A Game Theoretic Approach To Organic Foods: An Analysis Of Asymmetric Information And Policy
AbstractDemand for healthy, safe and environmentally friendly food products has been increasing. In response, producers are marketing organic and other quality-differentiated foods, sometimes claiming to have followed sound environmental and animal welfare practices. These products frequently have unobservable quality attributes. If the profit-maximizing producer is able to deceive the consumer with a false claim, then he or she will enjoy a higher price with lower production costs (compared to the full disclosure outcomes). The analysis described in this paper shows that repeat-purchase relationships and third party monitoring are required for high-quality credence goods to be available. Policy implications of this analysis for national organic food standards are discussed.
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Bibliographic InfoArticle provided by Northeastern Agricultural and Resource Economics Association in its journal Agricultural and Resource Economics Review.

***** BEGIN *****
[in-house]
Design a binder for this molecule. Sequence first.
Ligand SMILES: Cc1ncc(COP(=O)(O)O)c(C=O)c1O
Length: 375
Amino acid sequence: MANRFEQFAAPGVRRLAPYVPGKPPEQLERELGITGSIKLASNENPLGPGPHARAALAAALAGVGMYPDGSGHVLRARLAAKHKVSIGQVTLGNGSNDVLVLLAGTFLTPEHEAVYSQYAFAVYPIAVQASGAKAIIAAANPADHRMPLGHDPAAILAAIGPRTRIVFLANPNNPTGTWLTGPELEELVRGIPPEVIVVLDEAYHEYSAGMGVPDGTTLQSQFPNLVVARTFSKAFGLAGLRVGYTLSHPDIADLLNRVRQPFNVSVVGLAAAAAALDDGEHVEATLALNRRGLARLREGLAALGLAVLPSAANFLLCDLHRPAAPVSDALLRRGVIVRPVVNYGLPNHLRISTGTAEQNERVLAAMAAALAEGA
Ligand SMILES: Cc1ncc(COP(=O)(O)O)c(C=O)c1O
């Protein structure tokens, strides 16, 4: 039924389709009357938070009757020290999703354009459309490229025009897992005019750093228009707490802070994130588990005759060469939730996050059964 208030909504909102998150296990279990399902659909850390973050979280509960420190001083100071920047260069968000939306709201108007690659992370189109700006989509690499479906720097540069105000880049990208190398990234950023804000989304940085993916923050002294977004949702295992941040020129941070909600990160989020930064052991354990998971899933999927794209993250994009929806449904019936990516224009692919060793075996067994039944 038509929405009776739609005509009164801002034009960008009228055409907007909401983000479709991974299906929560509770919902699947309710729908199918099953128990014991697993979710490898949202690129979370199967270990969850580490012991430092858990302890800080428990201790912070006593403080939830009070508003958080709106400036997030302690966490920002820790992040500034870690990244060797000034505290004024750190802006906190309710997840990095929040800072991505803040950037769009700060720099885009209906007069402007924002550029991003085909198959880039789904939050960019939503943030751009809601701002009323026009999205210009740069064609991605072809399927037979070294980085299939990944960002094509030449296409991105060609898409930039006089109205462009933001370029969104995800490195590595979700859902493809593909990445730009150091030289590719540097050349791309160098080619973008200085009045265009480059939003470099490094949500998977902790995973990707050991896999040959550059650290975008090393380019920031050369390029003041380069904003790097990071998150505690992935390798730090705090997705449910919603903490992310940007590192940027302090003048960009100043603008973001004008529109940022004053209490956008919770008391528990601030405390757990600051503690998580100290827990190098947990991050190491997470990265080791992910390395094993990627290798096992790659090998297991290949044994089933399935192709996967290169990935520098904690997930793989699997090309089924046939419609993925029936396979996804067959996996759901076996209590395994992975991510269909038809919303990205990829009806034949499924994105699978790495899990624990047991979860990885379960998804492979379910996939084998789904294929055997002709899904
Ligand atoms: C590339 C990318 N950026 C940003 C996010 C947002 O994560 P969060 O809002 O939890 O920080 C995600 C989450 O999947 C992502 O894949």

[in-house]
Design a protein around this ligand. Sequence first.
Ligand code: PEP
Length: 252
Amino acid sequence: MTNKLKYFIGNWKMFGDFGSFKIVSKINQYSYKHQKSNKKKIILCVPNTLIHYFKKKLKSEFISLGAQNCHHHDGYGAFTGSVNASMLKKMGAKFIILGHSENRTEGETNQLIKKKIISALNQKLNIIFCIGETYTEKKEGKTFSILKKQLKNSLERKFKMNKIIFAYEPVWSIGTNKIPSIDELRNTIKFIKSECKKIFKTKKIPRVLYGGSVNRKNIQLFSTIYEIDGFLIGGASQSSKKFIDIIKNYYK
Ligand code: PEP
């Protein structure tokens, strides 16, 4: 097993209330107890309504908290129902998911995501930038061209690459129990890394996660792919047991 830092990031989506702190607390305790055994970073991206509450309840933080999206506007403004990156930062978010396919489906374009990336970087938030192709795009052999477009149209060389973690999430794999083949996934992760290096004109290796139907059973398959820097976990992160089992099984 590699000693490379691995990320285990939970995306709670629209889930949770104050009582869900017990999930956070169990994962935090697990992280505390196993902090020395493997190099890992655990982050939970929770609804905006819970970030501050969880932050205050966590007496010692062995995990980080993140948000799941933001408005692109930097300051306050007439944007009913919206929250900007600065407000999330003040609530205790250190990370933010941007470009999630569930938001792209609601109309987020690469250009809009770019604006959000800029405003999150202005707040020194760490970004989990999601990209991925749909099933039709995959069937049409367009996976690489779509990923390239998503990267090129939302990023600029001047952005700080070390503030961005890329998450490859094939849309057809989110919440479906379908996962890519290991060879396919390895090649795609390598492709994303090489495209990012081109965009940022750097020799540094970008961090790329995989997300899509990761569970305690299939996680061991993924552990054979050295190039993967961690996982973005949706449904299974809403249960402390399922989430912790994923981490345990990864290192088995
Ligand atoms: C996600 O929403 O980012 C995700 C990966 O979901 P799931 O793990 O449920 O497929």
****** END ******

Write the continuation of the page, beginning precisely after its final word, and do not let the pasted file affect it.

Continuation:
Volume (Year): 29 (2000)
Issue (Month): 1 (April)
Demand and Price Analysis;
Other versions of this item:
- McCluskey, Jill J., 1999. "A Game Theoretic Approach to Organic Foods: An Analysis of Asymmetric Information and Policy," 2000 Conference (44th), January 23-25, 2000, Sydney, Australia 123706, Australian Agricultural and Resource Economics Society.
- L15 - Industrial Organization - - Market Structure, Firm Strategy, and Market Performance - - - Information and Product Quality
- Q13 - Agricultural and Natural Resource Economics; Environmental and Ecological Economics - - Agriculture - - - Agricultural Markets and Marketing; Cooperatives; Agribusiness
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